I came to the Borderlands series late, and Elsewhere was my first foray into it. Borderlands is a shared-universe anthology setting edited by Terry Windling, with a few complete novels set in the universe, as well. Elsewhere, and its sequel, Nevernever, are two of these novels. Now, I am not a plot-synopsis reviewer (you can read a synopsis above), but a word about the world is in order. Some of you may know a table-top roleplaying game called Shadowrun. The setting for the game is a future Earth that is part cyberpunk, part fantasy. The dystopia, technology, and biological enhancements of cyberpunk mix with the fantastic elements of magic and magical creatures (elves, dragons, spirits, etc.). Several books were written in the early 90's with this same type of world, and the subgenre eventually became what is now known as urban fantasy, perhaps the hottest subgenre of fantasy going currently. The Borderlands series is among the seminal works of this genre.
Shetterly is a fine, often overlooked author. His voice is vivid and evocative, and he is one of the funniest writers of the genre (think Jim Butcher). In Elsewhere he takes on the theme of adolescent rebellion in the form of runaway Ron. Although he doesn't shy from the serious issue of action-consequence, this book is tremendously entertaining and satisfying, despite its relatively short length (248 pgs, average for its 1991 pub date). Elsewhere is also suitable for YA readers, although that should not discourage adults.
A fun, fast-paced urban fantasy about a human teenager (his only asset: way too much attitude) who arrives in Bordertown, the city near the elusive boundary of Elfland, falls in with a mixed gang of humans, elves and 'halfies,' becomes involved in elvish politics, finds work in a wonderful bookstore (so nice to read a book set in the kind of quirky neighborhood bookstore that no Borders or B&N can ever compare with!), and learns some hard lessons about misplaced emotions: trust, anger, grief, affection...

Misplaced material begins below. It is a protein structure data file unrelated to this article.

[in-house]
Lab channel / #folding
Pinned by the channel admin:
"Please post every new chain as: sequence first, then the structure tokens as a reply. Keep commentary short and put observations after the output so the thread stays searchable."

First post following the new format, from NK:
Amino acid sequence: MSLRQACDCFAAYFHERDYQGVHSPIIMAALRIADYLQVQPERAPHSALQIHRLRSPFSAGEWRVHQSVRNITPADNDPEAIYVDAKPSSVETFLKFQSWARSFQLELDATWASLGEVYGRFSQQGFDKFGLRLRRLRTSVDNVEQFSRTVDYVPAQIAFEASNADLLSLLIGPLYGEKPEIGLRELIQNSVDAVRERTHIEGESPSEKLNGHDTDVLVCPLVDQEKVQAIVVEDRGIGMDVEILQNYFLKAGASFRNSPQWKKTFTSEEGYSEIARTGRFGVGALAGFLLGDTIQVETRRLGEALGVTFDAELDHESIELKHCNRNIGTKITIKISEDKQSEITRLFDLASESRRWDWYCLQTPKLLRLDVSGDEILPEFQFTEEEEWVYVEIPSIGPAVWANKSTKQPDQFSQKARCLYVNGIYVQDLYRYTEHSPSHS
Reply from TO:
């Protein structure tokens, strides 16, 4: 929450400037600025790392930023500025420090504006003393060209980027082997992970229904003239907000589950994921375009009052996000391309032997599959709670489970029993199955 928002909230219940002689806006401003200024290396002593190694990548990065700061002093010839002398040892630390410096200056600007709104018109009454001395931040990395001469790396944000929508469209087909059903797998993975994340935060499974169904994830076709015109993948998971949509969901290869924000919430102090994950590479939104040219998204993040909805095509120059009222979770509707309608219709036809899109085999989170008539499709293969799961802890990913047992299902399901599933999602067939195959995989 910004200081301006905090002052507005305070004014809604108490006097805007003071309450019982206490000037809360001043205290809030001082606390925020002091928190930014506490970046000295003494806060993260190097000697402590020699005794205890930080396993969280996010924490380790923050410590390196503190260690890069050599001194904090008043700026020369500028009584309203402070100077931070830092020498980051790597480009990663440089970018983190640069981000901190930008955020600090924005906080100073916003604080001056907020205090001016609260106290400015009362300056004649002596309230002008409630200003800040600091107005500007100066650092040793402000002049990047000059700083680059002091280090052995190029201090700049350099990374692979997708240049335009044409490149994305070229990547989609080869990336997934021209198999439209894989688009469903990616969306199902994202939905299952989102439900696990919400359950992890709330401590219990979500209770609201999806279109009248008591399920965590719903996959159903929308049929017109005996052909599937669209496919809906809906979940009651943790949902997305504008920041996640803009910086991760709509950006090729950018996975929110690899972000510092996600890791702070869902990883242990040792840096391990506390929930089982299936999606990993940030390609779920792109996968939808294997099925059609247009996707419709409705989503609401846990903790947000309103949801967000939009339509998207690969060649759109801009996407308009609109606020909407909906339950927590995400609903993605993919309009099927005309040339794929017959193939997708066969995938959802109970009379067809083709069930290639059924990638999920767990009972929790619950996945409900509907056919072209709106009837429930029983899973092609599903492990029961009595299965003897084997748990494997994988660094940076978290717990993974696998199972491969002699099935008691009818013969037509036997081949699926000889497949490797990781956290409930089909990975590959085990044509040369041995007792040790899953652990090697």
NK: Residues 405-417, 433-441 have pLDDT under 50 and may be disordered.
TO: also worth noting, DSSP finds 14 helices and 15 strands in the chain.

Bordertown: the city on the edge, halfway between Faerie and the everyday World. Where neither magic nor science can be counted on to work, where the streets are alive with music and art-and where humans and Trueblood elves clash over turf, with halfies caught in the middle.
Like all the other runaways from the World and Faerie alike, Ron came to Bordertown in search of magic, of meaning. What he found was love and fear instead. From the rough splendor and mixed habitues of bohemian Castle Pup, to the banks of Mad River where addicts drown their minds in the dark waters terrible visions, Ron must make his way through battles greater-and graver-than he ever imagined possible.
The answers he seeks may be found on the shelves of Elsewhere, the strangest bookstore in two worlds. And then again, they may only come from inside himself.
I enjoyed this urban fantasy set in the NeverNever. I especially liked the interactions between Ron and the people he meets.